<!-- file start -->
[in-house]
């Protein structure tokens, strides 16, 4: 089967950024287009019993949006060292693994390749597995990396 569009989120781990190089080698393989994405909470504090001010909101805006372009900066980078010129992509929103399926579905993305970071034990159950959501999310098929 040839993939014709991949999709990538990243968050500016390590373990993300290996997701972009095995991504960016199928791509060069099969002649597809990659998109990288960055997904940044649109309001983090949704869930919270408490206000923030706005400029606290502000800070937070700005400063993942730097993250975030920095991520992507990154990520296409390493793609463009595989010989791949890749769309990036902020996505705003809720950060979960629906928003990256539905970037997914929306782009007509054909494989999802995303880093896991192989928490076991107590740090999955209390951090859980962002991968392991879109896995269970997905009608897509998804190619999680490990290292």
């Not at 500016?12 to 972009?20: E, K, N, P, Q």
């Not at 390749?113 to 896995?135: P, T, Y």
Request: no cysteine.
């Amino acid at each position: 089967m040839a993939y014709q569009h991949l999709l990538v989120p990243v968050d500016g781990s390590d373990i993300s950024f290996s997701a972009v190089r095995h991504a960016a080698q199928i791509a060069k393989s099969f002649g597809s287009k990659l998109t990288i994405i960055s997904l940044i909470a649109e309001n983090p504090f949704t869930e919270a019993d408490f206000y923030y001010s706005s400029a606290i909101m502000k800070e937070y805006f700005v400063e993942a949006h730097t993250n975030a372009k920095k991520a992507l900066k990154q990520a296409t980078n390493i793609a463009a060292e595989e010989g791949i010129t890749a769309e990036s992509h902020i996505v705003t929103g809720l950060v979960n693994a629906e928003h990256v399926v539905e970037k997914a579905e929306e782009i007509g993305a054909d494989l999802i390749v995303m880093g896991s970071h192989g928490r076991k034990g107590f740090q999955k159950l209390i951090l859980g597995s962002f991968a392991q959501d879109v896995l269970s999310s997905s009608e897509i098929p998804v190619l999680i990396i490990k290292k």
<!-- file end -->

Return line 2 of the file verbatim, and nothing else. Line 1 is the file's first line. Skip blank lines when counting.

């Protein structure tokens, strides 16, 4: 089967950024287009019993949006060292693994390749597995990396 569009989120781990190089080698393989994405909470504090001010909101805006372009900066980078010129992509929103399926579905993305970071034990159950959501999310098929 040839993939014709991949999709990538990243968050500016390590373990993300290996997701972009095995991504960016199928791509060069099969002649597809990659998109990288960055997904940044649109309001983090949704869930919270408490206000923030706005400029606290502000800070937070700005400063993942730097993250975030920095991520992507990154990520296409390493793609463009595989010989791949890749769309990036902020996505705003809720950060979960629906928003990256539905970037997914929306782009007509054909494989999802995303880093896991192989928490076991107590740090999955209390951090859980962002991968392991879109896995269970997905009608897509998804190619999680490990290292």